P.S. If you’re looking for a laugh, check out Roy Edroso’s amusing takedown of an op-ed by chemical industry flack Liz Whelan in the New York Post. Such people are not total hacks — that is to say, while they may be Satan’s emissaries on earth, they do take professional pride in their own work, and add filigrees and flourishes partly to increase effectiveness but also, I believe, out of pure love of craft. For example, there is some obvious merit to the author’s accusations against the sugar barons — among others, that they had hooked up with pure-food types not out of altruism but as a way to fight Splenda’s increasing share of the sweetener market. This is the spoonful of sucralose, so to speak, that helps work down the public’s gullet a larger message: that people who oppose synthetic foods on whatever grounds are anti-technology “chemicalphobes.”Organizations such as this are not about arguing a case, but adding strands to a narrative. Facts may be used as part of the grapeshot, but they are by no means the only or even most important part of the armamature. Painting an investigation of questionable scientific assertions as an inquisition on the order of Galileo’s, for example, lifts the issue out of the debating chamber and into the realm of dreams. You certainly don’t want to side with inquisitors or chemicalphobes. Now eat this chlorinated sugar.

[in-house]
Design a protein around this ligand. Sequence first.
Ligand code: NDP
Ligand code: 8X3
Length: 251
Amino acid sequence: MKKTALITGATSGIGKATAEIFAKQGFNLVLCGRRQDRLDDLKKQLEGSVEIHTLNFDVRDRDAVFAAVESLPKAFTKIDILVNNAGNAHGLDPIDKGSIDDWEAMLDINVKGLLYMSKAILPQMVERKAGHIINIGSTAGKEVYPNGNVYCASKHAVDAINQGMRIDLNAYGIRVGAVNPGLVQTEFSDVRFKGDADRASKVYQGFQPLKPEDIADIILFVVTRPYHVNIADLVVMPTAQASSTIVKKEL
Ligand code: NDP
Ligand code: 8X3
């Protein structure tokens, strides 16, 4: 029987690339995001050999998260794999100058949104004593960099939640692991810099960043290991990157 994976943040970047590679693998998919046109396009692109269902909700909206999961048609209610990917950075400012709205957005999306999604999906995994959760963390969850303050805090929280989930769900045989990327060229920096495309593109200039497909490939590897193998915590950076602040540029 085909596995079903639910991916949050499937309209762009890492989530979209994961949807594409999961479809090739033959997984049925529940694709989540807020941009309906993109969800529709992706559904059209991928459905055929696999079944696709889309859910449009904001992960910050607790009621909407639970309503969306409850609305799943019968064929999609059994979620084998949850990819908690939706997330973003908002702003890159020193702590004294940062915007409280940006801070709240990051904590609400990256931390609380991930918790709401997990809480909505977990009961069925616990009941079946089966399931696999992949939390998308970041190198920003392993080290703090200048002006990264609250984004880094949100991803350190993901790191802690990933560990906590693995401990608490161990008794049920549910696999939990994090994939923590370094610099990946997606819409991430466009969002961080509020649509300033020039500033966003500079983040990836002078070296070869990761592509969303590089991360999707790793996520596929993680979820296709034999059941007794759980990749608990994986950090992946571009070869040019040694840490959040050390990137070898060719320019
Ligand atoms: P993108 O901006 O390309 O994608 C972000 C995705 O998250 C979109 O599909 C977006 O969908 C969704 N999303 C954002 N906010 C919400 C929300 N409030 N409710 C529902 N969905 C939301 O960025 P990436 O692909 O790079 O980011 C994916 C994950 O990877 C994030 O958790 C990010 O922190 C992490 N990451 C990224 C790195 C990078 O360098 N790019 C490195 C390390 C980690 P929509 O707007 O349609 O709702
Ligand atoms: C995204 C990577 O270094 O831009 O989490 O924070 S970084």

9. Anonymous

    As soon as I got halfway through that article, I smelled something piscatorial and it wasn’t coming from the Boston Fish Pier. I glanced at the author’s vitals at the end of the story. As soon as I saw “non-partisan …. research center” I knew this was BS. I didn’t even need to google the name. One could argue that the end note ID’ng Evergreen is sufficient because those types of brief IDs are standard practice on op-ed pages with scarce, precious space. What a crock! By failing to give readers an honest accounting of this outfit’s identity, it allows someone with a clear ideological bias to hide behind the cloak of “non-partisanship.” The fact that the Walton family is one of their major funders compounds the infraction. The SCLM Globe’s op-ed editors show that they take their readers for fools and/or despise the teachers’ union so much that they don’t mind letting a dubious organization perpetuate a fraud to take a shot at them.

  10. Anonymous